Conway was the most impressive of the six players who I would believe think of themselves as genuine first team candidates that started the game. Besides scoring, Conway went close with thee other shots from distance and, generally looked bright and inventive – it was a good way of showing the watching Malky Mackay that he shouldn’t be forgotten. Of the other “senior” players, Joe Lewis made a brilliant first half save to foil Danny Haynes (the former Ipswich, Bristol City and Barnsley striker being one of only three names in the Charlton side I recognised along with keeper Sullivan and captain Scott Wagstaffe), Turner eased his way back into things with an efficient showing, Ralls became more of an influence as the game went on, Joe Mason had a quiet time of it with only a couple of examples of his clever movement and anticipation and Rudy Gestede did pretty well during his forty five minutes, having an effort cleared off the line in the last minute of the first half.

However, apart from that Gestede effort and the first of Conway’s long range shots, City didn’t create much in a first half in which Charlton gradually took control with their better passing – besides those moments when John and Lewis excelled which I described earlier, the visitors also hit the post with a snap shot from twenty yards by Jordan and they must have been disappointed to not have been ahead at the break. The same pattern continued in the opening stages of a second half which saw Jesse Darko replace Gestede – Jordan hit the post again and City had Jaye Bowen and Saint-Luce on the touchline ready to replace Mason and Turner when they took the lead very much against the run of play.

Much of what I watched in the first hour of the game served as a reminder that when you go to what is essentially a reserve game to watch a side which contains a lot of senior, first team standard players, they invariably end up failing to show their first team form. Yesterday afternoon I read a piece on Charlton’s official site in which their Under 21 side manager (ex City apprentice Nathan Jones) talked about what a great experience it would be for his youngsters to play at a place like Cardiff City Stadium and yet when you are used to playing there in front of fifty to a hundred times more people than were present last night, I’m sure it’s hard to get fired up about the same occasion (especially when it’s absolutely hammering down with rain as well).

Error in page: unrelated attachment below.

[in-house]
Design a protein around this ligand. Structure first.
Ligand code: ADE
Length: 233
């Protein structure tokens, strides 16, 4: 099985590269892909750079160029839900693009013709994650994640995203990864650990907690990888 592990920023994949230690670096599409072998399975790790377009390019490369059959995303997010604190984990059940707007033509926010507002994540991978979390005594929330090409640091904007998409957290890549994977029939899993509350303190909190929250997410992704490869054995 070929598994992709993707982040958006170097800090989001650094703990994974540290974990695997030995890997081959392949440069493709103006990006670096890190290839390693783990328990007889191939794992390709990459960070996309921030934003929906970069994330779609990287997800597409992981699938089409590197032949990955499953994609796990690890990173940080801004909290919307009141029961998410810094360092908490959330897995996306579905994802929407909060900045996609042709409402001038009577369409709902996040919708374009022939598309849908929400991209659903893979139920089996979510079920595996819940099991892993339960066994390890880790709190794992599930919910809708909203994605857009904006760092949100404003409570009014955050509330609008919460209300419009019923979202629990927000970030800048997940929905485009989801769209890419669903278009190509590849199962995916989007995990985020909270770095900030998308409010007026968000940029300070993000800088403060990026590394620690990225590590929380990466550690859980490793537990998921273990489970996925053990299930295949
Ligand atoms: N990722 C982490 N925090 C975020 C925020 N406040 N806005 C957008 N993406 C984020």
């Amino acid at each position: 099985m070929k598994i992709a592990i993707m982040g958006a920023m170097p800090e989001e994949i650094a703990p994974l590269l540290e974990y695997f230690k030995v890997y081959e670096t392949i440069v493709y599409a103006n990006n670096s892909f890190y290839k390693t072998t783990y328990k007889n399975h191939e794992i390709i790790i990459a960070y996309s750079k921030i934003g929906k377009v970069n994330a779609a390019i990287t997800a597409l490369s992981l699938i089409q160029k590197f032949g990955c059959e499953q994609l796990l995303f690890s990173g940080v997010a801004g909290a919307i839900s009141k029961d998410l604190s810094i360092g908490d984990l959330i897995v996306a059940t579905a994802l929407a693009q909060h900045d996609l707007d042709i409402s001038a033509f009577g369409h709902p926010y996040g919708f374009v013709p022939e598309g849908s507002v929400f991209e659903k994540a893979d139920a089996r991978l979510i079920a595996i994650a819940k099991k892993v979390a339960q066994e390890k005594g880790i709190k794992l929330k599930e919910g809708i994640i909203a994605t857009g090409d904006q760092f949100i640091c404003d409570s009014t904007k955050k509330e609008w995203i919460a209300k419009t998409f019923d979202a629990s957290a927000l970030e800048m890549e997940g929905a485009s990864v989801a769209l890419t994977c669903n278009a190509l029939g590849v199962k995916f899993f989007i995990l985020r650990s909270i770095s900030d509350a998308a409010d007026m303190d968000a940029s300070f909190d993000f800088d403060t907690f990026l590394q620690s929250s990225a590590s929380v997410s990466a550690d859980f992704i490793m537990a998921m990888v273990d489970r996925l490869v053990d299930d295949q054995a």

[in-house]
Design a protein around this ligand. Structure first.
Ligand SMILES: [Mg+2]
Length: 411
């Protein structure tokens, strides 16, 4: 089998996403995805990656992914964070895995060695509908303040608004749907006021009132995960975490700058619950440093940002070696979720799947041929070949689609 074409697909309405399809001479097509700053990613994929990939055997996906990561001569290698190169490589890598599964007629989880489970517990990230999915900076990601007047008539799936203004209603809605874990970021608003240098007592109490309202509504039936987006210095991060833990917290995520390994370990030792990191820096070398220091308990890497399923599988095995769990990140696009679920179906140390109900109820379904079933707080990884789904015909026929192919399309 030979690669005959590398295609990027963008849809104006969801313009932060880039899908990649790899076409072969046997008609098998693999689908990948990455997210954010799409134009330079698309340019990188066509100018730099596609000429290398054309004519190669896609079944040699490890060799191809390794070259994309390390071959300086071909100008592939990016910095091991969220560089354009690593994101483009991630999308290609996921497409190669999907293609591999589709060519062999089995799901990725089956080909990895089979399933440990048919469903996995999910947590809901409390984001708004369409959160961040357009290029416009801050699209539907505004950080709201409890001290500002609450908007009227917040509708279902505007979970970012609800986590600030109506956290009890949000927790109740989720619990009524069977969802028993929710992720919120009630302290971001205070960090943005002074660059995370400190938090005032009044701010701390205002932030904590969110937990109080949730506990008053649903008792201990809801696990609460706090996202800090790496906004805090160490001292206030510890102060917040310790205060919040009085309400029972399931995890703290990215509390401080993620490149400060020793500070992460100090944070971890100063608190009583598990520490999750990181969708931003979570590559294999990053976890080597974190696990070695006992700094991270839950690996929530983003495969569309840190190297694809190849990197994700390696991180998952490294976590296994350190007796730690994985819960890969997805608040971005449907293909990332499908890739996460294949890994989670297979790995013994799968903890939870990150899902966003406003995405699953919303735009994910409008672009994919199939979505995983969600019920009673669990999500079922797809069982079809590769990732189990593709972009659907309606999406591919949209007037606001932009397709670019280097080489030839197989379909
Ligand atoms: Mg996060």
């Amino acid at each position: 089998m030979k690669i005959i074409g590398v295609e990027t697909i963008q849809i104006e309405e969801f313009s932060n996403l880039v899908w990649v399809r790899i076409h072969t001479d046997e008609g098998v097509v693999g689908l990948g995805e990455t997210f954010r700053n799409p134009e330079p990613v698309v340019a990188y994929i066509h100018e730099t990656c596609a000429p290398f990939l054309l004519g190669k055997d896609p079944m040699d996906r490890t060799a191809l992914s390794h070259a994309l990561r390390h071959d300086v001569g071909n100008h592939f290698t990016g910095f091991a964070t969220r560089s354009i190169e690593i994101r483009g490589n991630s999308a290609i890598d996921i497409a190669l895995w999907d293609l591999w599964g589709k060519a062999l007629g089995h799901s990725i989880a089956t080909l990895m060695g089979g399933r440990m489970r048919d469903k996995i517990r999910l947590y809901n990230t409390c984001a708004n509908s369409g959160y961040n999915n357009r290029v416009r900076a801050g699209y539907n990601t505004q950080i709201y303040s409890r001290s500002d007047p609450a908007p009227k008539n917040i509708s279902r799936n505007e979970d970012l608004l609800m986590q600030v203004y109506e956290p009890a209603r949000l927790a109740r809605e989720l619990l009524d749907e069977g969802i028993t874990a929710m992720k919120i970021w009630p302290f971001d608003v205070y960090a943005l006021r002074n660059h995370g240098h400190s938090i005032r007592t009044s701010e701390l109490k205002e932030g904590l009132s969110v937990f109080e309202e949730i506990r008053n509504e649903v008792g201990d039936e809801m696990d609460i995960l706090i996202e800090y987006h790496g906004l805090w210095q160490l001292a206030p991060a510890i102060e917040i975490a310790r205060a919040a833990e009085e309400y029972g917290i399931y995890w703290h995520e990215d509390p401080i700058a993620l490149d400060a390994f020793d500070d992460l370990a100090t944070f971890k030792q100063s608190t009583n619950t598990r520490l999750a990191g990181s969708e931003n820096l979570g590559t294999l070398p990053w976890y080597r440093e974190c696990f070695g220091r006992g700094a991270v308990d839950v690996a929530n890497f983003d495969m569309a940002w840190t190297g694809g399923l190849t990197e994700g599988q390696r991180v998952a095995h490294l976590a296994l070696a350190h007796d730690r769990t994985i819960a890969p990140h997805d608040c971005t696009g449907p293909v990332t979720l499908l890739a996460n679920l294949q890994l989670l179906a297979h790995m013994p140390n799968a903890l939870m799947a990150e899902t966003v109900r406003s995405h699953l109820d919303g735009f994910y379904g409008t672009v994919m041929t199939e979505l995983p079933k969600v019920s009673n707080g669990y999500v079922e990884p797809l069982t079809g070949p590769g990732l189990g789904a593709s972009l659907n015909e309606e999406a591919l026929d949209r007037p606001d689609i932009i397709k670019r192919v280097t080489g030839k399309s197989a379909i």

Therefore, it probably shouldn’t have been too much of a shock to see City doing so much better in the last half an hour with a side that, on paper at least, looked  a good deal weaker than the one which started the game. After being outpassed for long periods, the youngsters, who probably were much more familiar with each other’s game and saw it as their opportunity to impress as opposed to a way of easing themselves back towards full fitness or a chance to stay match sharp, put together a very impressive sequence of twenty or more passes before a Charlton player touched the ball – the visitors did hit the post once more and I’m sure they went home cursing their bad luck, but by the end, City had established themselves as the better side over the last third of the game and were playing with confidence.

One last thing, I was critical of Aron Gunnarsson for conceding the first penalty at Palace on Saturday with a needless handball. I’d only watched the incident once and, probably stupidly, taken the word of the Radio Wales commentary team that it was indeed him who handled it. Well, it seems I, along with plenty of others, might owe the Icelandic captain an apology because the local press have been reporting that it was Andrew Taylor who was responsible and, having looked at the video on the official site this morning, I think they might be right. The pictures aren’t that clear, but it does seem as if it is Taylor who handles it – if it is him, then I wouldn’t expect him to lose his place over the incident, but there’s less room for any complacency on his part than there might have been earlier this month after the transfer window closed, because, all of a sudden, the notion of Declan John playing league football for us this season at left back doesn’t look anywhere near as barking mad as it did a few months ago.